According to the latest report from the state’s Blue Ribbon Commission for Health Care Reform, Colorado would create standards “that make it easier” to set up the Section 125 plans. The report did not detail specifically how the state’s standards would work.
Employers who do not offer health coverage would be required to refer their employees to the state coverage pool for coverage information. Employers would be asked to distribute information about the state program, help employees sign up for subsidies, and contribute toward coverage for an optional “Connector” for small businesses, according to the panel’s report.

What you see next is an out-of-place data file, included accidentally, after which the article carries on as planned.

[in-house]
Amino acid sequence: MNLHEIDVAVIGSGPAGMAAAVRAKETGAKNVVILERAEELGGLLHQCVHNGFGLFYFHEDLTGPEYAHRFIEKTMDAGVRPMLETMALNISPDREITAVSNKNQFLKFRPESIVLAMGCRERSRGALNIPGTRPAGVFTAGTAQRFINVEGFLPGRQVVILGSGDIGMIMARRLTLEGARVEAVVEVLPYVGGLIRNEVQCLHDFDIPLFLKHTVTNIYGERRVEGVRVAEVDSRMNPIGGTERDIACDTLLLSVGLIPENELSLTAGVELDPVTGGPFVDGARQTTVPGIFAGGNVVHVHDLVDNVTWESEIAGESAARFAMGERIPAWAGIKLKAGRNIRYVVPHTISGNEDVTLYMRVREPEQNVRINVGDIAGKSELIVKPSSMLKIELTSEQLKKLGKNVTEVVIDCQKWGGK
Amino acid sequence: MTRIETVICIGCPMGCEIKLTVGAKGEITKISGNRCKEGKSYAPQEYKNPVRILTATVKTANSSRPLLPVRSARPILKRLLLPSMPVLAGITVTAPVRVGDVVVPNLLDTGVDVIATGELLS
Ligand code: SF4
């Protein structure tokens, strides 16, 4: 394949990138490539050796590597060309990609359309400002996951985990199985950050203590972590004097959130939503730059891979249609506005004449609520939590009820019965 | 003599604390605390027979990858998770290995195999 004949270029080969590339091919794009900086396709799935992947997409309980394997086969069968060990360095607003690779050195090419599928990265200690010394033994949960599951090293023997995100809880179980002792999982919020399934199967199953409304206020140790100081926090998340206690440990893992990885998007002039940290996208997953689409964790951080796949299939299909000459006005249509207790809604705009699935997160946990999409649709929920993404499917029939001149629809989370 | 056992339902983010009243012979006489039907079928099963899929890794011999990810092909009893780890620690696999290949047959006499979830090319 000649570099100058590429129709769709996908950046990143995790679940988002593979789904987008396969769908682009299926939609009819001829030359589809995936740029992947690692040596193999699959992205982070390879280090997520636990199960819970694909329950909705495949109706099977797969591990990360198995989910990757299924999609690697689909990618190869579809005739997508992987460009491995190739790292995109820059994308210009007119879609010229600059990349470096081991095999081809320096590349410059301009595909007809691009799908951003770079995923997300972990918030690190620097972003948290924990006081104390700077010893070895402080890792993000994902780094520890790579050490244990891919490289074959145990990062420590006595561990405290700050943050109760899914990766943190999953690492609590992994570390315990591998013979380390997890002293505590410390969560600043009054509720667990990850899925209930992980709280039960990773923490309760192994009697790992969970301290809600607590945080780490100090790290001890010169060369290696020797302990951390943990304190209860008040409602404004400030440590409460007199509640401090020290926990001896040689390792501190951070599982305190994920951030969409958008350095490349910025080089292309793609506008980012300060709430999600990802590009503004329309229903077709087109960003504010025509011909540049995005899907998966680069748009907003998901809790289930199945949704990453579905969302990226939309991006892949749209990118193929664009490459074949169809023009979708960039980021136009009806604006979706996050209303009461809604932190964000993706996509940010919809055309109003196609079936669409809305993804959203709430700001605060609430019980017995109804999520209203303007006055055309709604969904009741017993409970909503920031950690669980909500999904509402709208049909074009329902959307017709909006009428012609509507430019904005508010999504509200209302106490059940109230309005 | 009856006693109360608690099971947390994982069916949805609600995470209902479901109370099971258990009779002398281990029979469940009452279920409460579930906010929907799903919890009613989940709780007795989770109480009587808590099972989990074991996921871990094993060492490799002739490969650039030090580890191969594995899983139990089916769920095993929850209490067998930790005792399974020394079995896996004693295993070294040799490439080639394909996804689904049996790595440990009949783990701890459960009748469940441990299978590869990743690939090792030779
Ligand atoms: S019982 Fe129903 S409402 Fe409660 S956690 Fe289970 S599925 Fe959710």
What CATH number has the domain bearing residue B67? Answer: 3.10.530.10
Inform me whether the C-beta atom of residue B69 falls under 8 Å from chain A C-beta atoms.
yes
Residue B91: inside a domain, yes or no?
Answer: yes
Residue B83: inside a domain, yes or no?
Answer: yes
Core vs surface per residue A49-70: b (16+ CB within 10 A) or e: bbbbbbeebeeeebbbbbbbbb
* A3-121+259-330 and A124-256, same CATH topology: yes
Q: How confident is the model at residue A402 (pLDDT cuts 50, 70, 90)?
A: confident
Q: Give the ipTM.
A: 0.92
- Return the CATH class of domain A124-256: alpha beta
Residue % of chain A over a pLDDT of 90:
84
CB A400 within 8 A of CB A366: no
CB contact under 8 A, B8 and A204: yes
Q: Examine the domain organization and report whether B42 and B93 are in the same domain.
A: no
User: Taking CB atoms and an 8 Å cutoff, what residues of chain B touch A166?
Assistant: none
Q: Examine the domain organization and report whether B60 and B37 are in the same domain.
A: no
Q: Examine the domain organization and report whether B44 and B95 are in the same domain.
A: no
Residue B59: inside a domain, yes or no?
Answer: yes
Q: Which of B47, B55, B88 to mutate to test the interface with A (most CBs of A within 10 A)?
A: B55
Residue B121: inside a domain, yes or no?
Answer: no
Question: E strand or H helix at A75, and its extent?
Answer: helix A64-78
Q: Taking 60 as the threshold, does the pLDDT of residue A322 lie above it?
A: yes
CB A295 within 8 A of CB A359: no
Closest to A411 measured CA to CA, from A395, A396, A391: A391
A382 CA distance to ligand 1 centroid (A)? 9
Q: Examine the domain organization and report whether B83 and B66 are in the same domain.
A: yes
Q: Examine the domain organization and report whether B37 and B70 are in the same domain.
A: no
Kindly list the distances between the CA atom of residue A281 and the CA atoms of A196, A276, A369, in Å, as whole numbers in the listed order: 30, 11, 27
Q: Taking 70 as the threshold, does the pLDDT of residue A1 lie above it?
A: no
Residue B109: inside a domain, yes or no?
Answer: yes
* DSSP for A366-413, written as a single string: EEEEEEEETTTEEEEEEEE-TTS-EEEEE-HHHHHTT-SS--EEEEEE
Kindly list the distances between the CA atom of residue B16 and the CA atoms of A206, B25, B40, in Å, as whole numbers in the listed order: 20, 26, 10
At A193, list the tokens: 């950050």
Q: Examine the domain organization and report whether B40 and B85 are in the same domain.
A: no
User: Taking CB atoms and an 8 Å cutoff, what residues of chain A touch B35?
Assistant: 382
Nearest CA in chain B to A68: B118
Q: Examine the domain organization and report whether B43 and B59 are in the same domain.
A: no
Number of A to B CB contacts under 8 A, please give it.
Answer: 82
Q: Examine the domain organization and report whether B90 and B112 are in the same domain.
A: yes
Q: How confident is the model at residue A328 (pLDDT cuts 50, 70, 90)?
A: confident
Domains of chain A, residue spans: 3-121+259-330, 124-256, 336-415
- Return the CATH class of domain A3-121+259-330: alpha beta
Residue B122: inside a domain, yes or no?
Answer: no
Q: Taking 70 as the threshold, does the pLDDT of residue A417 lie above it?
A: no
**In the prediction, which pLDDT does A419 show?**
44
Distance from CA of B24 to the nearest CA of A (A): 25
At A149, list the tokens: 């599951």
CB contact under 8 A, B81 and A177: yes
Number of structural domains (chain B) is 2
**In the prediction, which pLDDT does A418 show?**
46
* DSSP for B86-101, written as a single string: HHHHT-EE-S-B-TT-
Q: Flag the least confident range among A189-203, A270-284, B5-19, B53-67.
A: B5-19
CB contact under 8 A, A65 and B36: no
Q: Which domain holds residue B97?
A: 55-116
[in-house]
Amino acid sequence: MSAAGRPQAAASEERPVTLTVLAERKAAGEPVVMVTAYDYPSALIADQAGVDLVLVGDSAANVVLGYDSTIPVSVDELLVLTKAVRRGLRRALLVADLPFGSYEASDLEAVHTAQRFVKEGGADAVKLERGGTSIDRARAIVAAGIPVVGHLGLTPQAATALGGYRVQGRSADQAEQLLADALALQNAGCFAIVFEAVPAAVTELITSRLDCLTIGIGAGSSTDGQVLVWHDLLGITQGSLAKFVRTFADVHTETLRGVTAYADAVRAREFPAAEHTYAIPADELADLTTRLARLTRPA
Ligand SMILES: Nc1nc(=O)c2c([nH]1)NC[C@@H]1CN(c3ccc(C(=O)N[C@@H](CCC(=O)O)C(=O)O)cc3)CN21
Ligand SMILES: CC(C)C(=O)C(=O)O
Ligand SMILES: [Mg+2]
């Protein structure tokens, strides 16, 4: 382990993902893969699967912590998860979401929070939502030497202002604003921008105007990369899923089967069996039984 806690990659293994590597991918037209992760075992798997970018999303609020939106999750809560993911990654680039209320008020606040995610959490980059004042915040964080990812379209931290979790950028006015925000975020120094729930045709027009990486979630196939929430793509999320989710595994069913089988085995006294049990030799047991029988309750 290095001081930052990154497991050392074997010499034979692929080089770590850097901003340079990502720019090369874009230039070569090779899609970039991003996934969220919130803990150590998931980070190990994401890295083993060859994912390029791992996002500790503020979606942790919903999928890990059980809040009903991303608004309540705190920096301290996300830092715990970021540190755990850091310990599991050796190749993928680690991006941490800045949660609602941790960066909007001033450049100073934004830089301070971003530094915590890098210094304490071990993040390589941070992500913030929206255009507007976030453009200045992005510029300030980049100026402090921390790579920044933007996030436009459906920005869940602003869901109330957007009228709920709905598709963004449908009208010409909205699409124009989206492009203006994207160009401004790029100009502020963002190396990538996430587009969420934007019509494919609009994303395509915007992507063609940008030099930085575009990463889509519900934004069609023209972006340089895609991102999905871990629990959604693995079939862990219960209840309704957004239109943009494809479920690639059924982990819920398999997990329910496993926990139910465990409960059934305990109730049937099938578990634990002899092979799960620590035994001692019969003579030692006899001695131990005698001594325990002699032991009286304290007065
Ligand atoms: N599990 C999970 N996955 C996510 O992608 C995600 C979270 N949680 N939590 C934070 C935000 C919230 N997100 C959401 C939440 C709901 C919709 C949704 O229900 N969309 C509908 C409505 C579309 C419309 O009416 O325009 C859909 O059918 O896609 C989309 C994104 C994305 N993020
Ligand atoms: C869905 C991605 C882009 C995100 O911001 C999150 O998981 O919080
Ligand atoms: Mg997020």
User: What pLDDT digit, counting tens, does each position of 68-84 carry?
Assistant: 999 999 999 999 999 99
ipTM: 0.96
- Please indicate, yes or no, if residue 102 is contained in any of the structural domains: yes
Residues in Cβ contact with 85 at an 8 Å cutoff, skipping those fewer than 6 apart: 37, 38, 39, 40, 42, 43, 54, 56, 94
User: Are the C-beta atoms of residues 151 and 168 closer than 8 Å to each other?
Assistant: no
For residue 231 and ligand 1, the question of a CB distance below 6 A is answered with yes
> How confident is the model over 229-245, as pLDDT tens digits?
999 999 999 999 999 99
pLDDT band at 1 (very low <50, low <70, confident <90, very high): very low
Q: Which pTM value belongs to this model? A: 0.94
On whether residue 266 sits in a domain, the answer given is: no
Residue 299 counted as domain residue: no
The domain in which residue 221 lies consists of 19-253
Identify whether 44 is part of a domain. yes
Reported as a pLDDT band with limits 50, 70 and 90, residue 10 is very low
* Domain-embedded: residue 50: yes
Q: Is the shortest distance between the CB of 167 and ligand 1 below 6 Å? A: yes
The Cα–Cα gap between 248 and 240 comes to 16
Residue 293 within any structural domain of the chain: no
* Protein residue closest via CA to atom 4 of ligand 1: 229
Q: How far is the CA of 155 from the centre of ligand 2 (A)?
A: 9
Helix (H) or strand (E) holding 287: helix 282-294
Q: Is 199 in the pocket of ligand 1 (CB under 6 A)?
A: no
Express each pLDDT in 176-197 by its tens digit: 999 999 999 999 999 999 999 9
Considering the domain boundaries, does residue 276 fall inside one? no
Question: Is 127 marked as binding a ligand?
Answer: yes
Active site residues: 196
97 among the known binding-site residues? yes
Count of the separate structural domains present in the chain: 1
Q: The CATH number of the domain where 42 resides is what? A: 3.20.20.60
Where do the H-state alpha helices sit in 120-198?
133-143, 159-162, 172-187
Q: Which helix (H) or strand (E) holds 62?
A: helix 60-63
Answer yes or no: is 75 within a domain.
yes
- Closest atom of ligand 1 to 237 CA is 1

Overall, the panel recommended that Coloradans be required to buy health insurance or pay a tax penalty, according to a Denver Post report. It is also proposing the state expand eligibility for public health programs to a larger percentage of needy families.
The package, estimated to cost $1.1 billion, would cover all but 96,000 of the 792,000 uninsured people in Colorado, the news report said.
The commission – created by the legislature – solicited proposals from Coloradans and selected four, ranging from a free-market-based system to a single government health-care payer. The 27-member commission then crafted a fifth proposal of its own.
The panel’s full report is here .
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